Definition of tailwind
: a wind having the same general direction as a course of movement (as of an aircraft)
Recent Examples of tailwind from the Web
Key market drivers early in 2017 are unlikely to provide as big a tailwind.
If the wind suddenly shifts from a headwind to a tailwind, a stall can occur (this would be a wind shear condition).
He’d just swept into the state on Alabama’s plane from the NFL, bringing a tailwind of recruiting momentum that had been missing.
A combination of brand new poles, a solid tailwind and hours of preparation culminated in the best jump of Lewis’ career at the national championships.
Yet the tailwinds that made cutting supply easier in the first half of the year -- from a seasonal lull in demand to temporary oil-field maintenance -- will be gone just as new obstacles are emerging.
That tailwind Wall Streeters are feeling is Friday’s news that Americans stepped up their shopping last month.
Macron can’t rely on tailwinds from an unpredictable global economy to meet his hopes, hence his passionate embrace of reforms.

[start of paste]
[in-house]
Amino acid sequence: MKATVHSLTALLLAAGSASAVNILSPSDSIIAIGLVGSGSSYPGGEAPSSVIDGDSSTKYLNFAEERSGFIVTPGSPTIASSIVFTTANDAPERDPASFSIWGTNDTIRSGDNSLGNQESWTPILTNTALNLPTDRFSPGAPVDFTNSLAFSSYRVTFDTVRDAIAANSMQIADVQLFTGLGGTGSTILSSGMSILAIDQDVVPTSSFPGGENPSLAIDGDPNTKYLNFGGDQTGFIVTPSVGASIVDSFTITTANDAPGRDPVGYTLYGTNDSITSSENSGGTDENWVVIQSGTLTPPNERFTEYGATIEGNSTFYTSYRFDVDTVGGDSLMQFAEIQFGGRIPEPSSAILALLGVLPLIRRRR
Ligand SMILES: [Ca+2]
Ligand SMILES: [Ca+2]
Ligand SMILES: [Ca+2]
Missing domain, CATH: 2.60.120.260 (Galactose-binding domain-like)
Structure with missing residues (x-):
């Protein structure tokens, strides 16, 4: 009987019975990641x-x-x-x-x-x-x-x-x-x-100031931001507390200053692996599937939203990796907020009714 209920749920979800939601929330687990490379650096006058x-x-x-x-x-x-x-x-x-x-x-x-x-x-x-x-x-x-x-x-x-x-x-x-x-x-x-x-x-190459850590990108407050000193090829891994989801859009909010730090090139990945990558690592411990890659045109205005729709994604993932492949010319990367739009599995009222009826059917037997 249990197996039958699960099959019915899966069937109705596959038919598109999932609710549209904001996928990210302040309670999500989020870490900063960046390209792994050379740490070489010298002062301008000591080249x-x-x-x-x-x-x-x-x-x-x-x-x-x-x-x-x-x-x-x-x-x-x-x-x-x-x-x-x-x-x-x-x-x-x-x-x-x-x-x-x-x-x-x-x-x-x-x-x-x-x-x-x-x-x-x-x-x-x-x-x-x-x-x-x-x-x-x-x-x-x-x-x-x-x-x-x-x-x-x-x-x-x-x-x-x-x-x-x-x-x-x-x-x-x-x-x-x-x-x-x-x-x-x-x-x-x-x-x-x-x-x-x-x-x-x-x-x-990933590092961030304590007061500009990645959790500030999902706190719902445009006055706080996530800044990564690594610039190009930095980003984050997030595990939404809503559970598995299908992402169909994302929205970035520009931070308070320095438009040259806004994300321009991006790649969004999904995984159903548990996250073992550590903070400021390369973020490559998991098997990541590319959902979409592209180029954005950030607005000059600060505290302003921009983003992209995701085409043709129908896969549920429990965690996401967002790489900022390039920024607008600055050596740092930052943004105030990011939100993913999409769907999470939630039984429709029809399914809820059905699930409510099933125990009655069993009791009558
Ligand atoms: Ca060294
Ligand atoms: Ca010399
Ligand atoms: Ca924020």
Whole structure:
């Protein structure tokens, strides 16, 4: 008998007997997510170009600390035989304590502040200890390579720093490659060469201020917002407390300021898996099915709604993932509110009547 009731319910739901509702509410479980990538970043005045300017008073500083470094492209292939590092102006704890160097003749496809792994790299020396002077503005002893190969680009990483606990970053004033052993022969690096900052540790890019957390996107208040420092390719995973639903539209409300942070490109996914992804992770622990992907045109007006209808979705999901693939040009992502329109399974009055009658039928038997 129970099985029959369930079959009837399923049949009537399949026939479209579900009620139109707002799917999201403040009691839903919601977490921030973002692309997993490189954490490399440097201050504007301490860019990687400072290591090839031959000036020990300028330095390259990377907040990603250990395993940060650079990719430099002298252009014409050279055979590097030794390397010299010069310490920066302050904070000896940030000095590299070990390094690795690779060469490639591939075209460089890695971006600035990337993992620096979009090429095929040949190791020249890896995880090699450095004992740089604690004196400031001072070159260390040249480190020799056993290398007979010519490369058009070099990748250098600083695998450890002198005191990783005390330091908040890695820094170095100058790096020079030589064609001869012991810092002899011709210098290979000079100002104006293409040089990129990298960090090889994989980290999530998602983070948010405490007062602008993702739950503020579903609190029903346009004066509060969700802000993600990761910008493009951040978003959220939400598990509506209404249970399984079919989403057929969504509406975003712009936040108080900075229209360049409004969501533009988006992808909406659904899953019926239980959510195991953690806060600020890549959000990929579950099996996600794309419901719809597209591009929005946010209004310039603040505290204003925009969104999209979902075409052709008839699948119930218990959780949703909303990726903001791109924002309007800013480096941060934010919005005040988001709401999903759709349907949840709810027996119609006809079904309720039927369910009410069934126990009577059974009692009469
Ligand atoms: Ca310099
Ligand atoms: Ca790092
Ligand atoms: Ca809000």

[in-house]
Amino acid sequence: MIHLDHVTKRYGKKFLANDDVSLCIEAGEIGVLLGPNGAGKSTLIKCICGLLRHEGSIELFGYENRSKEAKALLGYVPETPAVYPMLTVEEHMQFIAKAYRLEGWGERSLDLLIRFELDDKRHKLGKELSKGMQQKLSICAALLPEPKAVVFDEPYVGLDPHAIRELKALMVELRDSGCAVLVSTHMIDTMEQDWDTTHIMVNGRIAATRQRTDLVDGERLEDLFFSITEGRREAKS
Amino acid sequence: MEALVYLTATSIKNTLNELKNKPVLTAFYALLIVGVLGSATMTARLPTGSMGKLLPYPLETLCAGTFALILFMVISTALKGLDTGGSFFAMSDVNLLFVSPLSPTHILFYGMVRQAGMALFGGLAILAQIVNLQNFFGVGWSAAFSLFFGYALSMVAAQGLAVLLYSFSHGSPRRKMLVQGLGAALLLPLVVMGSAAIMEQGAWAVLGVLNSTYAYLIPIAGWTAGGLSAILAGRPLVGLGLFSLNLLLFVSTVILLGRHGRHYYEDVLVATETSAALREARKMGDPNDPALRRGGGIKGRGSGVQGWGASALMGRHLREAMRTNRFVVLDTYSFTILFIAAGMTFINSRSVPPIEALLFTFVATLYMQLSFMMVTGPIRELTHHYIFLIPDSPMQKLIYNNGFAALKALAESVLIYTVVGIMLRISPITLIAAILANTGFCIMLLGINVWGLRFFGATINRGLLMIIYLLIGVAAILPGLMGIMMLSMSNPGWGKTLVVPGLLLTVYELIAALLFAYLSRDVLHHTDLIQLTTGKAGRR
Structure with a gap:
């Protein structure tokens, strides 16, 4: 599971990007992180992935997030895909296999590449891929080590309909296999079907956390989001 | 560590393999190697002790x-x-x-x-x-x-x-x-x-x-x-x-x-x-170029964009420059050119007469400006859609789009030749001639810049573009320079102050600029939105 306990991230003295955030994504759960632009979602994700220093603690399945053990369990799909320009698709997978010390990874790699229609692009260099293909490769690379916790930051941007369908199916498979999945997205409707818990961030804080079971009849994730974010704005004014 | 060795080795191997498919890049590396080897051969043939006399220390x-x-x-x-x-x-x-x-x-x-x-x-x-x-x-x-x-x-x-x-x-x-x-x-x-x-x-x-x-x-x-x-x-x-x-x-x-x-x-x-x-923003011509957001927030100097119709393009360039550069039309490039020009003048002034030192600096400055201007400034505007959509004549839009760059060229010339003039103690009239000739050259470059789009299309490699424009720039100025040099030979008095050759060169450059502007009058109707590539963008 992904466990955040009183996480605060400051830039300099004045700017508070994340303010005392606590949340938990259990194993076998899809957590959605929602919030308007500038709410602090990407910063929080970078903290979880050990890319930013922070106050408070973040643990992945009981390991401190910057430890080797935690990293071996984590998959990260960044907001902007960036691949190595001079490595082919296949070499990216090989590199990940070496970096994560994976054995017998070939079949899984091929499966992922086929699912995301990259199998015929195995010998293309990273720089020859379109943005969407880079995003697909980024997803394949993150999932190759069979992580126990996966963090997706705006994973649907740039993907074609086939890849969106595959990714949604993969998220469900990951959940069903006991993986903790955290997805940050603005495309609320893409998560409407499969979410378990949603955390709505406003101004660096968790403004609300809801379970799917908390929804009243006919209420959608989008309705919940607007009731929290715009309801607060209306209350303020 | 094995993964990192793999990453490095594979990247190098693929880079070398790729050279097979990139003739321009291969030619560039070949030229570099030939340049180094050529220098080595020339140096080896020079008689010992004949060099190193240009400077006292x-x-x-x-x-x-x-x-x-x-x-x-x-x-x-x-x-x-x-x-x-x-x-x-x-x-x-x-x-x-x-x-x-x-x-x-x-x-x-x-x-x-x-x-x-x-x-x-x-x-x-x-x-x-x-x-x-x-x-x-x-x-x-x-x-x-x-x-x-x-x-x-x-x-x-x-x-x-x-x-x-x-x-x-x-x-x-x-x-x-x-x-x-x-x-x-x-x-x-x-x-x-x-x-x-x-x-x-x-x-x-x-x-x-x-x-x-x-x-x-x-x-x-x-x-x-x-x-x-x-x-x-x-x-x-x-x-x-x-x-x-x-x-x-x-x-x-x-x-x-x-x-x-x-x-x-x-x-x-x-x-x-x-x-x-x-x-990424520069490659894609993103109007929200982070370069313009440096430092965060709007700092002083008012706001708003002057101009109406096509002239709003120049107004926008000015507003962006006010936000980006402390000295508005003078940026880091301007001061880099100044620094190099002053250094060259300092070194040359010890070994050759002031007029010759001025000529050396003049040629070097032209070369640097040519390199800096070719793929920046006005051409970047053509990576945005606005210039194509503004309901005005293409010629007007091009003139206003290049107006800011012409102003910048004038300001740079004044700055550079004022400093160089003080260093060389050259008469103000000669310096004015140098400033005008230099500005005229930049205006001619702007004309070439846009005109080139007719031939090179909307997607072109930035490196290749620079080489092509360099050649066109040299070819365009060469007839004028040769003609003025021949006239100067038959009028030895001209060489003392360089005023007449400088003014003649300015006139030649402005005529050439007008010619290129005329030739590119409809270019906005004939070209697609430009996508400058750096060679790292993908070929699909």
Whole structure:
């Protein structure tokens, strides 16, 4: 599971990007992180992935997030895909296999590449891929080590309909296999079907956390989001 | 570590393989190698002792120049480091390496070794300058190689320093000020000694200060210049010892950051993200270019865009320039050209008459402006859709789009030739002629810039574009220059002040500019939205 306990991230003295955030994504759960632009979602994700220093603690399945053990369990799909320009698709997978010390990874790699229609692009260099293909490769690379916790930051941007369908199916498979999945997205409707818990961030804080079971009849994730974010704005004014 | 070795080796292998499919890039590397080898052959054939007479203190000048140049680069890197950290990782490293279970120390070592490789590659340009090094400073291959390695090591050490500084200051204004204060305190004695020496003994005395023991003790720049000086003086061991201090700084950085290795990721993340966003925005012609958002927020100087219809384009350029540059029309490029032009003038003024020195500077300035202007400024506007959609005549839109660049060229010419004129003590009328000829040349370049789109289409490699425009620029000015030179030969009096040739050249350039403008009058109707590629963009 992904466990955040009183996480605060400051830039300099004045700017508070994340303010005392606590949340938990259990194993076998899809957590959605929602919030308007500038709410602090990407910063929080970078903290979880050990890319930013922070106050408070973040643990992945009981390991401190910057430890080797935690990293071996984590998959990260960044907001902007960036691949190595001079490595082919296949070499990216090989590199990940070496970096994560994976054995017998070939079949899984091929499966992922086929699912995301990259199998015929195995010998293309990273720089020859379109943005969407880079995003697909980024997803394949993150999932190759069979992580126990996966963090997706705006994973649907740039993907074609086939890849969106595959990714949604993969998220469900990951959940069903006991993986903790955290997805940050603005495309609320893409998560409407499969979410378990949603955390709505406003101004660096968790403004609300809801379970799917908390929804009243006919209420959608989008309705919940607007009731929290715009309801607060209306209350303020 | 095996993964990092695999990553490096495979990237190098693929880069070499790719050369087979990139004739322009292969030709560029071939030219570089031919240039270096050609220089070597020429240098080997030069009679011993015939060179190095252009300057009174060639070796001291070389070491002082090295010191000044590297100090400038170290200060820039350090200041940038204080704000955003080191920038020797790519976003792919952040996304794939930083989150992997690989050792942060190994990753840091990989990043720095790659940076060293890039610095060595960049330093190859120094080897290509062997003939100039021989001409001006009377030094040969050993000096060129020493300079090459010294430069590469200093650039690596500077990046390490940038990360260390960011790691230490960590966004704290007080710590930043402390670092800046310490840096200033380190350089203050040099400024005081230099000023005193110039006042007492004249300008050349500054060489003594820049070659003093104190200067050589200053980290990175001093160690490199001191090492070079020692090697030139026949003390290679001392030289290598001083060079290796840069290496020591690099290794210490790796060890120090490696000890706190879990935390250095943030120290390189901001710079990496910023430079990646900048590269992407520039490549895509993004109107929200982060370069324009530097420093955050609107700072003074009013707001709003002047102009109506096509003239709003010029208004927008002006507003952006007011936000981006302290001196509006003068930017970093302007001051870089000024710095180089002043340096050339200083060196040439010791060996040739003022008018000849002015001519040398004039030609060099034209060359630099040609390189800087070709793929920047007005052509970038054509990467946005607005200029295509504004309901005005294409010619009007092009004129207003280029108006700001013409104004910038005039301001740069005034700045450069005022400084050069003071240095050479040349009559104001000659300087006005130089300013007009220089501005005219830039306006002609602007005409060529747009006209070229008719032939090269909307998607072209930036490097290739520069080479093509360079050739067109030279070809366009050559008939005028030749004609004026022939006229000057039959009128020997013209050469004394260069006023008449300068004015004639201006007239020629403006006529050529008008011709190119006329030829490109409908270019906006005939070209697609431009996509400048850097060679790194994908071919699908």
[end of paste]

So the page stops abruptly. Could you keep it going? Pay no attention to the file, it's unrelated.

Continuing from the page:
And somebody who might have those kind of tailwinds…that would be a huge boost to his candidacy.
These example sentences are selected automatically from various online news sources to reflect current usage of the word 'tailwind'. Views expressed in the examples do not represent the opinion of Merriam-Webster or its editors. Send us feedback.
First Known Use of tailwind
TAILWIND Defined for English Language Learners
Definition of tailwind for English Language Learners
: a wind that blows in the same direction as something (such as a ship or an airplane) that is moving forward
Seen and Heard
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